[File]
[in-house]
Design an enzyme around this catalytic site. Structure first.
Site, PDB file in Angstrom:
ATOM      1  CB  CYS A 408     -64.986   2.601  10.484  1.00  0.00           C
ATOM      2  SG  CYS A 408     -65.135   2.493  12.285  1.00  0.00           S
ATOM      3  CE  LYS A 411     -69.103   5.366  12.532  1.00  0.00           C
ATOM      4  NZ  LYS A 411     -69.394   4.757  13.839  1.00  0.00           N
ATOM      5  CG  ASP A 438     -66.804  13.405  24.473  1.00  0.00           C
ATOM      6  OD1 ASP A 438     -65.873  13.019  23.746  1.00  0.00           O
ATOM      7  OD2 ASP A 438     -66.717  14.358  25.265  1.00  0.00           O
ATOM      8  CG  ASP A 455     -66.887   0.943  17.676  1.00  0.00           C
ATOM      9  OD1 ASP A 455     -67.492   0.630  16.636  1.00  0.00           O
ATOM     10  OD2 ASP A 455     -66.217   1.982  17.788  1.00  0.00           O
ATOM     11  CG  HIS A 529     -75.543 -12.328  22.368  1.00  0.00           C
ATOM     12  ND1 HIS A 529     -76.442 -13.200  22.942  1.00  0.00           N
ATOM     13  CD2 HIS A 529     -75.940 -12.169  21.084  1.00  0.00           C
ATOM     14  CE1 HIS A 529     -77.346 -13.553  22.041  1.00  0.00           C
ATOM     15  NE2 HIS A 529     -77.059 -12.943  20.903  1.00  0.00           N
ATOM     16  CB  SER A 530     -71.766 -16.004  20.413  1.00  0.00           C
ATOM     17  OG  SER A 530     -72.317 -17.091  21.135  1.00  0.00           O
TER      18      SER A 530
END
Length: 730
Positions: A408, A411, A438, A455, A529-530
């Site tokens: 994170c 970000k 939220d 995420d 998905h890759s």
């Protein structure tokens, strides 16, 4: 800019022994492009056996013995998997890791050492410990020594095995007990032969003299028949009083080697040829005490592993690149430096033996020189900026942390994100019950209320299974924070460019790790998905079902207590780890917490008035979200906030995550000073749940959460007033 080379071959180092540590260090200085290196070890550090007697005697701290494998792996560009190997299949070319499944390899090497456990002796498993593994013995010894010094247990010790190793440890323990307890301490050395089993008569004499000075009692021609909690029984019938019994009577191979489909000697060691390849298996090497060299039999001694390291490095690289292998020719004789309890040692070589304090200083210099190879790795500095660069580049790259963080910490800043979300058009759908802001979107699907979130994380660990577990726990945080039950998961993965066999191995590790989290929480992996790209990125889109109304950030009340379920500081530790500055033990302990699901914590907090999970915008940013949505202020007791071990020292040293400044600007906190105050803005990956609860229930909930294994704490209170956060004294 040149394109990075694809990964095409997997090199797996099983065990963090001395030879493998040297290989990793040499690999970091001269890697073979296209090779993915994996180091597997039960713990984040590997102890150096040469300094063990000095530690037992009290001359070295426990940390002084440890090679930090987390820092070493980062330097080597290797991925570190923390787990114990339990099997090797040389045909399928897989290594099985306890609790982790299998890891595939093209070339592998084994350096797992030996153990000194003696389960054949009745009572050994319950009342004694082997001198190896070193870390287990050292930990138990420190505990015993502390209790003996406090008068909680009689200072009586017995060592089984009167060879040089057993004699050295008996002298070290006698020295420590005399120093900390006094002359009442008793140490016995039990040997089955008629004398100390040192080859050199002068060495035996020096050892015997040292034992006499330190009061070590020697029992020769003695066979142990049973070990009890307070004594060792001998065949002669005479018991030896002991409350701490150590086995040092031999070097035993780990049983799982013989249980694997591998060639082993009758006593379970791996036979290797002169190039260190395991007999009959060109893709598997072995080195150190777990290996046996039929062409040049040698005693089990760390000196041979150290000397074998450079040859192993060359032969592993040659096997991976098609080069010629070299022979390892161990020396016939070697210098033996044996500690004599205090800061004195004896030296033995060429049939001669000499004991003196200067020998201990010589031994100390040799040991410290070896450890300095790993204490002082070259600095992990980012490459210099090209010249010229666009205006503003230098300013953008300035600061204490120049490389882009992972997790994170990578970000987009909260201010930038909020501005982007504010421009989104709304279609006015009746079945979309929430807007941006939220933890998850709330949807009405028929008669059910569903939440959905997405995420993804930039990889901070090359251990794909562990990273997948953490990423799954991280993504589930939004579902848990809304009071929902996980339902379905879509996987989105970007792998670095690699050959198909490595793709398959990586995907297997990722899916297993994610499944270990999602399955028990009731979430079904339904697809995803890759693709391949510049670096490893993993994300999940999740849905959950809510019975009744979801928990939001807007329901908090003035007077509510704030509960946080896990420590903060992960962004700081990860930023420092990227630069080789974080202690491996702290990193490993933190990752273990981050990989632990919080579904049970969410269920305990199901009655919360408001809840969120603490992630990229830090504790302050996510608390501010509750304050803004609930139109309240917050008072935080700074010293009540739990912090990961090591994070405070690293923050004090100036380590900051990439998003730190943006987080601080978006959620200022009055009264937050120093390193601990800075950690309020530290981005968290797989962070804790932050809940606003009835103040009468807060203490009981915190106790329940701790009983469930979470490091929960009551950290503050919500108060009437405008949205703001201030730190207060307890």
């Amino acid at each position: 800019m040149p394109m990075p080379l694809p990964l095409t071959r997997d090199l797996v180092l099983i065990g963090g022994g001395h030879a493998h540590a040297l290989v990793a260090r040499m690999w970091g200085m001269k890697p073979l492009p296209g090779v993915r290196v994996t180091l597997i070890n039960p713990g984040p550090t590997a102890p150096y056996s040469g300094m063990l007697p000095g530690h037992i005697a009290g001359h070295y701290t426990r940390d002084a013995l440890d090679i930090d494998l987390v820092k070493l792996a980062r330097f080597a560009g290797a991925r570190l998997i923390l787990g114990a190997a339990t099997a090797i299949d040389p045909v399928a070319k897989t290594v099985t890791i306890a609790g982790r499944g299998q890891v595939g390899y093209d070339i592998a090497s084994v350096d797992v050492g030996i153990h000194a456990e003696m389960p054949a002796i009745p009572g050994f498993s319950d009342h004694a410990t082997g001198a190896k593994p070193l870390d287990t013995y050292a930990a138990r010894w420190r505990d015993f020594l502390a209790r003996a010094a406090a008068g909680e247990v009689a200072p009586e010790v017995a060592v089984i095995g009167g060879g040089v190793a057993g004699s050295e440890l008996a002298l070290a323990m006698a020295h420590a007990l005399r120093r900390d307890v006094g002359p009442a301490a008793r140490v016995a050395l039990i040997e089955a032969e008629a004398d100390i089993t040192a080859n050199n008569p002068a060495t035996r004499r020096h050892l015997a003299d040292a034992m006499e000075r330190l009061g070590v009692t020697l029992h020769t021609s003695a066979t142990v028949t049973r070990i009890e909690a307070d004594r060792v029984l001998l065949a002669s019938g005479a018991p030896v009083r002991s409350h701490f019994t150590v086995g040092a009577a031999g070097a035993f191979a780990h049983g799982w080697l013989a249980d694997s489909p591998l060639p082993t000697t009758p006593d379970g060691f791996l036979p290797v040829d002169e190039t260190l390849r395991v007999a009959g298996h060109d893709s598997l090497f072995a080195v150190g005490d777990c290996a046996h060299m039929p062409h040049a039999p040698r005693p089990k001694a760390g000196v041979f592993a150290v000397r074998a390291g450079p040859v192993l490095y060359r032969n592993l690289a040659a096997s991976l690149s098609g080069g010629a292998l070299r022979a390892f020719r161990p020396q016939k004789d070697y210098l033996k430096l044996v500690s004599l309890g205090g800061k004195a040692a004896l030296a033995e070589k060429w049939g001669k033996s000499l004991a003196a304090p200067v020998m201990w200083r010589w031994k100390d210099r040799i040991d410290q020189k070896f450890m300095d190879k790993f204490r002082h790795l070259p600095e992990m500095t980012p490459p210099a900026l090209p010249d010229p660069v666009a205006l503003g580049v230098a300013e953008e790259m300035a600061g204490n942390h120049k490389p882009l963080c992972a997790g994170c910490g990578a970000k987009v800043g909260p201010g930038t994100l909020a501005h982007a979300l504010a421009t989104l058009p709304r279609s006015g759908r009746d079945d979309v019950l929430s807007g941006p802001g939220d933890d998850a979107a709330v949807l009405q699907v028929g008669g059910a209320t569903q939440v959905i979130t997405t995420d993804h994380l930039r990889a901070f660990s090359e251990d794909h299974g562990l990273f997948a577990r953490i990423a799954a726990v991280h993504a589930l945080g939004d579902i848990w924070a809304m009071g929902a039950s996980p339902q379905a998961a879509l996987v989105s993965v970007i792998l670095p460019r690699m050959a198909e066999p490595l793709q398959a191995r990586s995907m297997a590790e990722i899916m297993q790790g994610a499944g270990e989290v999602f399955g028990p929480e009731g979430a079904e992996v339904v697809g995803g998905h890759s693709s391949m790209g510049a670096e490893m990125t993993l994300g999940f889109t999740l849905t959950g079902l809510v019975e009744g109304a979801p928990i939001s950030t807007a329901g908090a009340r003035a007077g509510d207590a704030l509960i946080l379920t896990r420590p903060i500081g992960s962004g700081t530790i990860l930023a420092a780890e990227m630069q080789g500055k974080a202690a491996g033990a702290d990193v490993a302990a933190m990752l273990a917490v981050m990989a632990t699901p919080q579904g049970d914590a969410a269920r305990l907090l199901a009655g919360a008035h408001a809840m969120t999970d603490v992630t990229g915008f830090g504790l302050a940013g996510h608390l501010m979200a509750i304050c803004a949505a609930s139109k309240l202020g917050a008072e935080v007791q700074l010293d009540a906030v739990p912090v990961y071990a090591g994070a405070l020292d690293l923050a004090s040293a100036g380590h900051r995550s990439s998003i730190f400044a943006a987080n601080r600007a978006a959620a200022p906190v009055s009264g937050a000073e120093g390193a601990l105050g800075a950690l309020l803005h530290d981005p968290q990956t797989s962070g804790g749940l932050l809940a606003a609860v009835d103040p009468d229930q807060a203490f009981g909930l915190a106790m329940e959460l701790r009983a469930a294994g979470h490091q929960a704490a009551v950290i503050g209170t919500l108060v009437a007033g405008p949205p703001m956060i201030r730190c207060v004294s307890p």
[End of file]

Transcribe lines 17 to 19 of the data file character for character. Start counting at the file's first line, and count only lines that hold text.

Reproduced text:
ATOM     14  CE1 HIS A 529     -77.346 -13.553  22.041  1.00  0.00           C
ATOM     15  NE2 HIS A 529     -77.059 -12.943  20.903  1.00  0.00           N
ATOM     16  CB  SER A 530     -71.766 -16.004  20.413  1.00  0.00           C